Inside The New York Botanical Garden

Environmentally Conscious Children’s Books by Miranda Paul

Posted in From the Library on November 16 2017, by Samantha D’Acunto

Miranda PaulWisconsin-based children’s book author Miranda Paul has made her debut in the LuEsther T. Mertz Library circulating children’s collection. She’s won numerous awards and has received glowing reviews for the titles featured below. Paul’s passion, personality, and voice echo from the pages of each of her books. Her collaboration with various illustrators allow for unique experiences with all of her characters and environments. To learn more about Miranda Paul and her other titles, visit her website. We hope you find your way to the library to check out one of these titles for yourself!

Are We Pears Yet? by Miranda Paul / Pictures by Carin Berger (2017)

The cover of Are We Pears Yet?Paul and Berger set the stage for two young seeds who anxiously await becoming pears in Are We Pears Yet? Finding it almost impossible to wait, the two seeds discuss the process that will lead them to full fruits! The theatrical imagery adds to the emotional drama played out by these two impatient seeds. As the pages advance, scenes change and the seeds journey further into the process of becoming pears. It will be difficult to refrain from giggling! Learn about the pears growth cycle and grafting fruits in the added information toward the end of the book.

The banter is funny and informative! Paul’s goofy narrative is contagious! Young readers will want to read this book aloud as it offers a role they simply cannot turn down. Have fun reading Are We Pears Yet?

One Plastic Bag: Isatou Ceesay and the Recycling Women of Gambia by Miranda Paul/ Illustrated by Elizabeth Zunon (2015)

The cover of One Plastic BagIn the small town of Njau, Gambia the streets are lined with old, torn and filthy plastic bags. The pooling plastic invites mosquitoes, disease and pollution. One woman, Isatou Ceesay vowed to put an end to the garbage on her streets. One Plastic Bag is her story. Learn how Isatou and a group of dedicated women turned garbage into gold saving a community from harmful environments.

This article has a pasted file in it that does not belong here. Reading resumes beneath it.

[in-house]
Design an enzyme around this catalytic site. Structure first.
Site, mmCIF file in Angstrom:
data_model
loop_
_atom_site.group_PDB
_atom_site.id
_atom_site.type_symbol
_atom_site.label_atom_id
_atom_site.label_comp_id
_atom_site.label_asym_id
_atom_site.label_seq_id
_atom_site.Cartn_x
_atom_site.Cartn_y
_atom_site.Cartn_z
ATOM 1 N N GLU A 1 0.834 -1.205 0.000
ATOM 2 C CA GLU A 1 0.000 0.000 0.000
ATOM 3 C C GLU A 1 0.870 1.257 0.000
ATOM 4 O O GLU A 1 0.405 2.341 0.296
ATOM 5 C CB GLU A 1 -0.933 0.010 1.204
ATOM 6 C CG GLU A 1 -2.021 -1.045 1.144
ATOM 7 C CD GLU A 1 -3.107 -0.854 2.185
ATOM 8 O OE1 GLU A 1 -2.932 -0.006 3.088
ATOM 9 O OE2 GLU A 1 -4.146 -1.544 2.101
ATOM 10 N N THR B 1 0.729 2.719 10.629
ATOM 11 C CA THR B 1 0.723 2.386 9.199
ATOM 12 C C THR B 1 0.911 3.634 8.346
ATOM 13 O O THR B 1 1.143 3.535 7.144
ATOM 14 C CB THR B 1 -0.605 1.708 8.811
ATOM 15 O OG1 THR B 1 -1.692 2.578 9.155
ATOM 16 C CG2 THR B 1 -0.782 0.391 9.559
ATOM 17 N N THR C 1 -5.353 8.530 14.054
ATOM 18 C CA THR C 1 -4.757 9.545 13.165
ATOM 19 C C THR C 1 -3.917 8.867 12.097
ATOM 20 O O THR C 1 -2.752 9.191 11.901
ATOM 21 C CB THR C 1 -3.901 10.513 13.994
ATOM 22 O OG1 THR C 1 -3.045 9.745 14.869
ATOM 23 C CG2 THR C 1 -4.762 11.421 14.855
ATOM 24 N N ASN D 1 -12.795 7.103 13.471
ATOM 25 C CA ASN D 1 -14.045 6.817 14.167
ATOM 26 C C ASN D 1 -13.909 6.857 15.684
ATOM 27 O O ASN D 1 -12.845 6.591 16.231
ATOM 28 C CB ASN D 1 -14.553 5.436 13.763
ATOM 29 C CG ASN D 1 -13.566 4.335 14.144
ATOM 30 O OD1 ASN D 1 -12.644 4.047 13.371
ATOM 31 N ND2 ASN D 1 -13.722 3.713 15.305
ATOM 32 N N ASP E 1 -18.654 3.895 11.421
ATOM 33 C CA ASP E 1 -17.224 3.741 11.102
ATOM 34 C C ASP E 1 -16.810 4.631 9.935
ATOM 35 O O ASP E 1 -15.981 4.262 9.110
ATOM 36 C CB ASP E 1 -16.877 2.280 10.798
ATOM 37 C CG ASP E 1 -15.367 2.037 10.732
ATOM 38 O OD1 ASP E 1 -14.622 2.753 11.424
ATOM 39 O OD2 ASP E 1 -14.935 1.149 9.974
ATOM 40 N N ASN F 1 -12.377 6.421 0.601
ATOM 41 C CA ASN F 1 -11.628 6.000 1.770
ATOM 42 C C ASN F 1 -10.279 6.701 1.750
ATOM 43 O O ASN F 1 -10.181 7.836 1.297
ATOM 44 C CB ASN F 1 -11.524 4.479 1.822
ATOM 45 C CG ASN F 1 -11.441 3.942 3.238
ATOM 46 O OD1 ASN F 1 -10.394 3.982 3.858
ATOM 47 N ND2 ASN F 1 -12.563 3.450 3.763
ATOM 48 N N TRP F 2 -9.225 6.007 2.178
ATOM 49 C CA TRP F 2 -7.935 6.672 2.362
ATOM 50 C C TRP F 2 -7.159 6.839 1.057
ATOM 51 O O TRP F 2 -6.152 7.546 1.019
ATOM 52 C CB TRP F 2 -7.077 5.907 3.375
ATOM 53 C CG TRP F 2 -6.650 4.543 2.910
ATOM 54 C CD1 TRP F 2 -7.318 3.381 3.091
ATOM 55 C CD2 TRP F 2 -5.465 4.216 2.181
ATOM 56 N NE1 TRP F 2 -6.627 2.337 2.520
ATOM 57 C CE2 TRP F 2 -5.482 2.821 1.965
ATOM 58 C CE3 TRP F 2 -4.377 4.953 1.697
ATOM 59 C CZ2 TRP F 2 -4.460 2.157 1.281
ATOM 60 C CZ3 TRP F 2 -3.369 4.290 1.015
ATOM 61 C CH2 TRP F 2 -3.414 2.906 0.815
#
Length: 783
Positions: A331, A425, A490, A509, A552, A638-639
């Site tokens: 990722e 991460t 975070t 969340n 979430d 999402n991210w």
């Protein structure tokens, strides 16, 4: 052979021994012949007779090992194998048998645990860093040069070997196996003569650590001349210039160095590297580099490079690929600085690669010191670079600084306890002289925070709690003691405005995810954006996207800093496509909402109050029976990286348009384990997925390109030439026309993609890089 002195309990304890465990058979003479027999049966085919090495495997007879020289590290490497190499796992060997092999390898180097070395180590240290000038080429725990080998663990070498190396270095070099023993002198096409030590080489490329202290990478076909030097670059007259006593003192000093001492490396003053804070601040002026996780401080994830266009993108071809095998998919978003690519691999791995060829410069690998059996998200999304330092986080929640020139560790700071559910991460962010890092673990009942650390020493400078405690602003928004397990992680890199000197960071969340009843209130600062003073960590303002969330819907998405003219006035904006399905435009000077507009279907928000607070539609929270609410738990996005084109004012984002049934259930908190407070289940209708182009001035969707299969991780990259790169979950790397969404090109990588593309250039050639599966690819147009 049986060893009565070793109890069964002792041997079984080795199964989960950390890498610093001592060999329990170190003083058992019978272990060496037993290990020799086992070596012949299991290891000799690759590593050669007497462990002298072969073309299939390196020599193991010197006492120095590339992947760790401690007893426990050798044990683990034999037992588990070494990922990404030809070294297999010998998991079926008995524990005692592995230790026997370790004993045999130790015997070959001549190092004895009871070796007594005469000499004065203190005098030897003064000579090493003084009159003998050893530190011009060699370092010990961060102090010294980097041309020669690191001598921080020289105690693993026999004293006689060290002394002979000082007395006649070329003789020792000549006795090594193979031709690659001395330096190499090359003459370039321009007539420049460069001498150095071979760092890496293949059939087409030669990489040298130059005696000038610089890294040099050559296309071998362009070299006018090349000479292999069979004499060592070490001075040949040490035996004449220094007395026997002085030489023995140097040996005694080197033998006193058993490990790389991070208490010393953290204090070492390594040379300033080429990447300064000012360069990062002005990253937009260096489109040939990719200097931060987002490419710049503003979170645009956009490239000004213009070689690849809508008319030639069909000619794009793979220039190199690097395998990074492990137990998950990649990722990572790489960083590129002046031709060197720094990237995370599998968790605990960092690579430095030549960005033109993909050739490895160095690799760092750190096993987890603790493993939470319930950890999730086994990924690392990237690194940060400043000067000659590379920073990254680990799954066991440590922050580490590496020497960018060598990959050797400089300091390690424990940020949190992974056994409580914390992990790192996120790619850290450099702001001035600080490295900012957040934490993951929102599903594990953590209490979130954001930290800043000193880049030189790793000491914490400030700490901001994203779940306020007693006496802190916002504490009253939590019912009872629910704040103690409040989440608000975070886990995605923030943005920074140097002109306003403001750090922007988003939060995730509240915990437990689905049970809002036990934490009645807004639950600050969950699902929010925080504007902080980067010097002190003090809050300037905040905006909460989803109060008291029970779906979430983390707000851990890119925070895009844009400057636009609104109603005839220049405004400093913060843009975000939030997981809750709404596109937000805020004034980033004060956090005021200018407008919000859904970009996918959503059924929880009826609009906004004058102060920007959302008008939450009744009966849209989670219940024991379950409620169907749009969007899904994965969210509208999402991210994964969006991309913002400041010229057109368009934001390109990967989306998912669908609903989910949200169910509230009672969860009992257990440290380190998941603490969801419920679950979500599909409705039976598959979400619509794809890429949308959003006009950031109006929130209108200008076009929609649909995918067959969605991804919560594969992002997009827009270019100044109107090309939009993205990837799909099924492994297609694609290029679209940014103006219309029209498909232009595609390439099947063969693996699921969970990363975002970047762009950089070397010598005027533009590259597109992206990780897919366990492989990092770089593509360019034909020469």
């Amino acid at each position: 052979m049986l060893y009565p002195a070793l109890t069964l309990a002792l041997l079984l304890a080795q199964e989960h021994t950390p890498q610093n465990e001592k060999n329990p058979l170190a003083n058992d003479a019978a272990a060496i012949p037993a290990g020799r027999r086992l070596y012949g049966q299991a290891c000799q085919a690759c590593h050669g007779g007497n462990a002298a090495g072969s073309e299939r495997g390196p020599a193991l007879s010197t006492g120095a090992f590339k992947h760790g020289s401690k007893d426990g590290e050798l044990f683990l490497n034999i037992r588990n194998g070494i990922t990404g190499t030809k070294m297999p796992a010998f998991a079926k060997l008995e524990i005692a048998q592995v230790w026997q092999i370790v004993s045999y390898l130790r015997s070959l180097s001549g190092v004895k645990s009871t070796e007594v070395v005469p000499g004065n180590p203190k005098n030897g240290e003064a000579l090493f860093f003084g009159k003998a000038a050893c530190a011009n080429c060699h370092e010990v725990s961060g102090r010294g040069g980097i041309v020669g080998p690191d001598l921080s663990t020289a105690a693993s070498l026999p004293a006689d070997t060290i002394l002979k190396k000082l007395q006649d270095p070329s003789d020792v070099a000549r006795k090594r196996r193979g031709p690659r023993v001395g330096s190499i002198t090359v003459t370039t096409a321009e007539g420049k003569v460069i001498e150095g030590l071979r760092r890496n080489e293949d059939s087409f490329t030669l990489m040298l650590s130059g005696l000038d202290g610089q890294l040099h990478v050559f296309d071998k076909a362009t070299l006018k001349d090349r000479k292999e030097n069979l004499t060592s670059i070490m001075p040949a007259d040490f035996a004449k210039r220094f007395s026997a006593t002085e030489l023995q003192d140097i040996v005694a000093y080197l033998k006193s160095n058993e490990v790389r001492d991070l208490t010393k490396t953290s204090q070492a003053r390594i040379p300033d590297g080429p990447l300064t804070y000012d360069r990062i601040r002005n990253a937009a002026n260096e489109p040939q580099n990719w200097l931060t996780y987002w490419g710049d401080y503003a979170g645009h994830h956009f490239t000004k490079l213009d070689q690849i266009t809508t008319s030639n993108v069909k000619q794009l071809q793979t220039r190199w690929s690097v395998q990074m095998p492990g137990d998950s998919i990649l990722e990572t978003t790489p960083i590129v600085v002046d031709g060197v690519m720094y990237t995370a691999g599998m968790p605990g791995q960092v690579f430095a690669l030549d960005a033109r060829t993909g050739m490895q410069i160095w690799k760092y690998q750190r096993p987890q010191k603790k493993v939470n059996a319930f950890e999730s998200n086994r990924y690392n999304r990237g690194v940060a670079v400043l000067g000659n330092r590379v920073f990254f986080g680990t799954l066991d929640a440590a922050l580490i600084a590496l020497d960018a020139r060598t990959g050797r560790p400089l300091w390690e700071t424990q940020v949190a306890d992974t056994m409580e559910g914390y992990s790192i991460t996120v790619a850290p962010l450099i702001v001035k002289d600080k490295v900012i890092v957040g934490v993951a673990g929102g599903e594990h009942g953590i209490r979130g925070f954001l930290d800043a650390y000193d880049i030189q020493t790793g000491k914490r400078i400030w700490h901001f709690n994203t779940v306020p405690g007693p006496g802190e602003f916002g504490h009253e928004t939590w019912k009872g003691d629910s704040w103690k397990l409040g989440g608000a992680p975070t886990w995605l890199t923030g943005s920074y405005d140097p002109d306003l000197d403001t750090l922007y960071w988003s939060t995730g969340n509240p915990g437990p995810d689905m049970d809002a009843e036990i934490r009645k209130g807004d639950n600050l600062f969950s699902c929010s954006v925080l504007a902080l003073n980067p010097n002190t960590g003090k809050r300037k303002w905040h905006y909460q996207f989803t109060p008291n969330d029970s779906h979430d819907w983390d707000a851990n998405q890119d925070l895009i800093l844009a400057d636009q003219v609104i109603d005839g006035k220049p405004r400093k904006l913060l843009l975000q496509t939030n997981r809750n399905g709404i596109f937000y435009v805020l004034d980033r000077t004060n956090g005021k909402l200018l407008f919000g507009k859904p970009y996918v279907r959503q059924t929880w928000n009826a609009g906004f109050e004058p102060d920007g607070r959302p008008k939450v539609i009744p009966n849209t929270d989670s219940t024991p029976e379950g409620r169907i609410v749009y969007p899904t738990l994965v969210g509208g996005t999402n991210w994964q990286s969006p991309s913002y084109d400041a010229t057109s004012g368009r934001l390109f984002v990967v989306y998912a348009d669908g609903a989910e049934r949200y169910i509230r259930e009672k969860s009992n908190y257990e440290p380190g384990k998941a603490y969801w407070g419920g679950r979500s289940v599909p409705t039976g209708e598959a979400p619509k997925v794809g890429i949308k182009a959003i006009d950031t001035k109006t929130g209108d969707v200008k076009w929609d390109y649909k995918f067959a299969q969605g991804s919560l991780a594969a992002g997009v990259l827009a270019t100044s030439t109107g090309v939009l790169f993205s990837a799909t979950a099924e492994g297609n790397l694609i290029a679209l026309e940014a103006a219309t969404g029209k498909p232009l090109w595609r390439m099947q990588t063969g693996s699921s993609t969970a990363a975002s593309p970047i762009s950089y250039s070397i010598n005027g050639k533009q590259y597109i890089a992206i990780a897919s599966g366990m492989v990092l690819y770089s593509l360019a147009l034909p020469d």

One Plastic Bag can convince even the youngest of readers that recycling can positively affect our environment. A glossary and pronunciation guide of the Wolof language assists readers through the narrative. An annotated timeline highlights the ongoing achievements of Isatou and her efforts. Miranda Paul pays homage to the inspirational women of Gambia and successfully writes a narrative that will inspire those to take action in their community and make positive change.

Water is Water: A Book About the Water Cycle by Miranda Paul/ Illustrated by Jason Chin (2015)

The cover of Water is Water.Words resemble water flowing through the pages rhythmically and gently in Water is Water. Miranda Paul’s poetry is filled with information that allows readers to ease through the many phases of the water cycle from mist to mud. Accompanied by the colorful and detailed illustrations of Jason Chin, Water is Water manages to capture snapshots of the water cycle that occur in our daily lives. In the “More About Water” section towards the back of the book, Paul offers a more in depth explanation of the water cycle and a brief public service announcement as why water is important.

Water is Water is certain to pique the interest of readers of all levels as it truly makes learning about the water cycle accessible to all. Readers will find that the lyrical narrative will capture the attention of most audiences. Make learning about water fun and beautiful with Water is Water.